C-130J Hercules – Force Multiplier

familiar sight in the skies over RAAF Base Richmond and the township of Windsor west of Sydney: a C-130J of No 37 Squadron overflying the air base.

Under the broad umbrella of Plan Jericho, the Air Force’s roadmap towards a networked and 5th Generation future, Air Mobility Group (AMG) is increasing the capabilities of its C-130J-30 Hercules fleet.

In conjunction with earlier enhancements made under the Jericho banner – including the installation of a Link 16 Tactical Data Link – recent initiatives are aimed at increasing the utility of the Hercules as a force multiplier and a functioning node in the digital network in its own right. One initiative currently being tested is installation of underwing fuel tanks, intended to increase aircraft range but also enhance the Defence Force’s ability to establish Forward Arming and Refuelling Points (FARPs) for Army helicopters and even M1A1 Abrams Main Battle Tanks.

Others enhancements include the installation of a Ka-Band Satellite Communications (SATCOM) capability to enhance situational awareness. Recent trials using this capability, together with Link 16, have demonstrated the C-130J’s ability to perform in the Command and Control (C2) role. Together with the ongoing capability enhancements conferred by regular software upgrades, future initiatives may well include the installation of a targeting pod, further increasing situational awareness on board the aircraft and the flow of information across the battlespace. These concepts are being trialled on a C-130J Hercules (tail number 448), known within AMG as the ‘Jericho Demonstrator’.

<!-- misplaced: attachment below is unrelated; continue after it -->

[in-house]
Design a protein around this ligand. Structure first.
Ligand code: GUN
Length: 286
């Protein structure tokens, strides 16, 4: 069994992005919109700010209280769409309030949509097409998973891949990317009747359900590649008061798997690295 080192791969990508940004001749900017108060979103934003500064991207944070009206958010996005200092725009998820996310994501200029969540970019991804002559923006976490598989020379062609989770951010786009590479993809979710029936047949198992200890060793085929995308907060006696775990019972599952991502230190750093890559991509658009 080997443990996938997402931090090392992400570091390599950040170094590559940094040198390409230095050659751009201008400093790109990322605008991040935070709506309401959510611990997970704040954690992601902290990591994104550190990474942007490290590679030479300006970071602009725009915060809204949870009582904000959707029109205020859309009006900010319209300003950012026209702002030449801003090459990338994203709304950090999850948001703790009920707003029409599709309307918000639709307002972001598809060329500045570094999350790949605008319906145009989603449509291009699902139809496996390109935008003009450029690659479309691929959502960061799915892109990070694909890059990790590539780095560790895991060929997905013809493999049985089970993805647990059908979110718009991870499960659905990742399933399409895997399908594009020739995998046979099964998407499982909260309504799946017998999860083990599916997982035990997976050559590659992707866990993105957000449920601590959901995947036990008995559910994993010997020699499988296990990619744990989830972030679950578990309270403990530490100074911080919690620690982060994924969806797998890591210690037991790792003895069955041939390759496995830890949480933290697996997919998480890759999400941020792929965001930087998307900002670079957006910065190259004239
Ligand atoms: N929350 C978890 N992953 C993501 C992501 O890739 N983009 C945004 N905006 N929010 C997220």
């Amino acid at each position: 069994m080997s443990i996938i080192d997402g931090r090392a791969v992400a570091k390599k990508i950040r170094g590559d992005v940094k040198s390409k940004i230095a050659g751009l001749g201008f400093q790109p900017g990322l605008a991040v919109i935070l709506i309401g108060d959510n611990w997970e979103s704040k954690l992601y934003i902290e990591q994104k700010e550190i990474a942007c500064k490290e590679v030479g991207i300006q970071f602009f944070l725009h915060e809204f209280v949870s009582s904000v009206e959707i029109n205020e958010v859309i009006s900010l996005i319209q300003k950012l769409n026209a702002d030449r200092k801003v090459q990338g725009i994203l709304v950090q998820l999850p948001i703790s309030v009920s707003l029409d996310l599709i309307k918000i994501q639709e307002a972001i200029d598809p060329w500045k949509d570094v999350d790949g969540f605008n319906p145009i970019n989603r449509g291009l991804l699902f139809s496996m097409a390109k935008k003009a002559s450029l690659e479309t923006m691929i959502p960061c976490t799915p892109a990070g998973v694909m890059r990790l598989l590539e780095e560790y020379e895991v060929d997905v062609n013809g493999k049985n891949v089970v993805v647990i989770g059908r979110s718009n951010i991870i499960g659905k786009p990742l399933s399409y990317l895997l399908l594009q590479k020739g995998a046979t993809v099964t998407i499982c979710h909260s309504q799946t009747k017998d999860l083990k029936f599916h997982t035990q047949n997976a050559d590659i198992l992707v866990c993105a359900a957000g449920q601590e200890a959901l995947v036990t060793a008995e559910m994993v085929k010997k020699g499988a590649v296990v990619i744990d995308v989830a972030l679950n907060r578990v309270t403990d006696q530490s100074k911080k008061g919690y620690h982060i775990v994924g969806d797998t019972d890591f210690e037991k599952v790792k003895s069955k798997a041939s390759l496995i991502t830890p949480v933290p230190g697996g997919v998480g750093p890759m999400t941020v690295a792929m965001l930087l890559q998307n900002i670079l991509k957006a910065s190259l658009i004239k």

This aircraft is planned to be on display at the 2019 Australian International Airshow at Avalon in late February. FARP – Force Multiplier The use of one aircraft to deliver fuel to forward elements on the ground is nothing new, whether to resupply of fuel bladders established at a FARP or directly from the donor aircraft to a number of receivers. Indeed, the establishment of the ‘Desert One’ forward base during the abortive US ‘Eagle Claw’ hostage rescue mission in Iran in 1980 was a FARP of sorts, albeit an ultimately unsuccessful one.

The expeditionary philosophy of the US Marine Corps has led to the Marines adopting the FARP principle, in the establishment of shore-bases close to a beach-head. This greatly reduces the length of each fighter or helicopter mission, which would otherwise have to return to the deck of an amphibious warfare vessel many miles out to sea. FARP is one of the key principles of the Marines’ air power projection.

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